Though most New York guides advise travelling across the state’s scenic country roads and suspension bridges, a comprehensive itinerary would also include a plunge via wooden barrel. Niagara Falls in upstate New York is America's largest and loudest network of waterfalls, and some have taken that superlative as a challenge. The Daredevil Museum honors these brave souls with exhibits that celebrate their stunts—sometimes deadly—on tightrope or inside tube-lined barrel.
New York's maverick streak extends to more than just feats of personal daring. Fort Ticonderoga is the site of a famous Revolutionary War battle, and a live fife and drum corps amplifies the sounds of patriotism today. The Harriet Tubman Home in Auburn gives visitors a peek into the domestic life of the famed American abolitionist, and the Women's Rights National Historic Park in Seneca Falls maintains interest as the birthplace of the women's suffrage movement.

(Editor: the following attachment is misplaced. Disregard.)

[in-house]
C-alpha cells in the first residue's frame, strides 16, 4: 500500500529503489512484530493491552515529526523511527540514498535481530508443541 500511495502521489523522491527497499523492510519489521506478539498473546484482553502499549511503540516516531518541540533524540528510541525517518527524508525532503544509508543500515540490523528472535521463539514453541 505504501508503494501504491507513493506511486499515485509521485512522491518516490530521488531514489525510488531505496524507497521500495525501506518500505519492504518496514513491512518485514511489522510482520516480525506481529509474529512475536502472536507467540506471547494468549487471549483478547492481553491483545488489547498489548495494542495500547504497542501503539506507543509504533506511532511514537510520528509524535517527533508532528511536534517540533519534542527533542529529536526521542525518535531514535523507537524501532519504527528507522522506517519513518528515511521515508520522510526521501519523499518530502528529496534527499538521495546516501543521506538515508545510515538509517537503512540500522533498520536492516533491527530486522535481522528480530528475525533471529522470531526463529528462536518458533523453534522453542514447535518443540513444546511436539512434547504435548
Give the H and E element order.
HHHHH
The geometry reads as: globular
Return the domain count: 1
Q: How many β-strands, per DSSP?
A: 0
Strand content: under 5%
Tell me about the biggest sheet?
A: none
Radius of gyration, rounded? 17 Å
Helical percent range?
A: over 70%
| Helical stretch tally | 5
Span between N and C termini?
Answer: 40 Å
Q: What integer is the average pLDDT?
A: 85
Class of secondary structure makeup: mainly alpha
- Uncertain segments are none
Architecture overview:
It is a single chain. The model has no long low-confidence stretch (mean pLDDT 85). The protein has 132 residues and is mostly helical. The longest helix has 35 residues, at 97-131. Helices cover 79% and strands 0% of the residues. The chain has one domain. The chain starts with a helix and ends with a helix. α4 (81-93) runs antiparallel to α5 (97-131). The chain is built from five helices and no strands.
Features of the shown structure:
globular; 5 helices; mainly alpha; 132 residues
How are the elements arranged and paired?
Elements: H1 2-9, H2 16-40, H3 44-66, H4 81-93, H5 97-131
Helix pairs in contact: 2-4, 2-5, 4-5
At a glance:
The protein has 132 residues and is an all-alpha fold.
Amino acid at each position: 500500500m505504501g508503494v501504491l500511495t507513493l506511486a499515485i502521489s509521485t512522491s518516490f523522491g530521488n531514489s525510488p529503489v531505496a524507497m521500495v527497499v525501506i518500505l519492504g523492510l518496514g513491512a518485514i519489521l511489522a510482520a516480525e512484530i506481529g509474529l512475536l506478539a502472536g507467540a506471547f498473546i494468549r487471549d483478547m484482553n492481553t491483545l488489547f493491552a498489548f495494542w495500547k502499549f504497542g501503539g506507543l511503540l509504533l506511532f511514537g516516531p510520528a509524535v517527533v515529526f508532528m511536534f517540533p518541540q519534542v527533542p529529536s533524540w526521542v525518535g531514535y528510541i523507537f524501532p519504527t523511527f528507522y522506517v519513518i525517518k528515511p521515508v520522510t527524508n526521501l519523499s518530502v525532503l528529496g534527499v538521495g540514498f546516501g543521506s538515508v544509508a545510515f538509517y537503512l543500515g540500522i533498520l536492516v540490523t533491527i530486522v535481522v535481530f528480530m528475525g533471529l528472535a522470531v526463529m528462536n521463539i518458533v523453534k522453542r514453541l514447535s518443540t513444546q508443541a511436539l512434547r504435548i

Those looking for things to do in New York would do well to set their sights on the state’s natural wonders. The Adirondack Park contains six million acres of moss-covered trails, rugged mountains, and glassy lakes. In the Catskill Mountains to the south, Hunter Mountain's powdery slopes attract skiers and snowboarders. The Montauk Point Lighthouse on Long Island illuminates vast stretches of sandy beaches, which fill with sunbathers in the warmer months.
Far brighter lights shine throughout the concrete jungle of Manhattan. The flashing marquees at Radio City Music Hall and Carnegie Hall advertise a mere sampling of the city's cultural offerings, and the windows lining 5th Avenue offer a glimpse into some of the world's most prestigious retail stores. For a real bite of the Big Apple, dip into a bowl of matzo ball soup at Katz's Deli, take a trip to Chinatown for dim sum, or cross the Brooklyn Bridge for a slice of Di Fara Pizza's legendary thin-crust pie.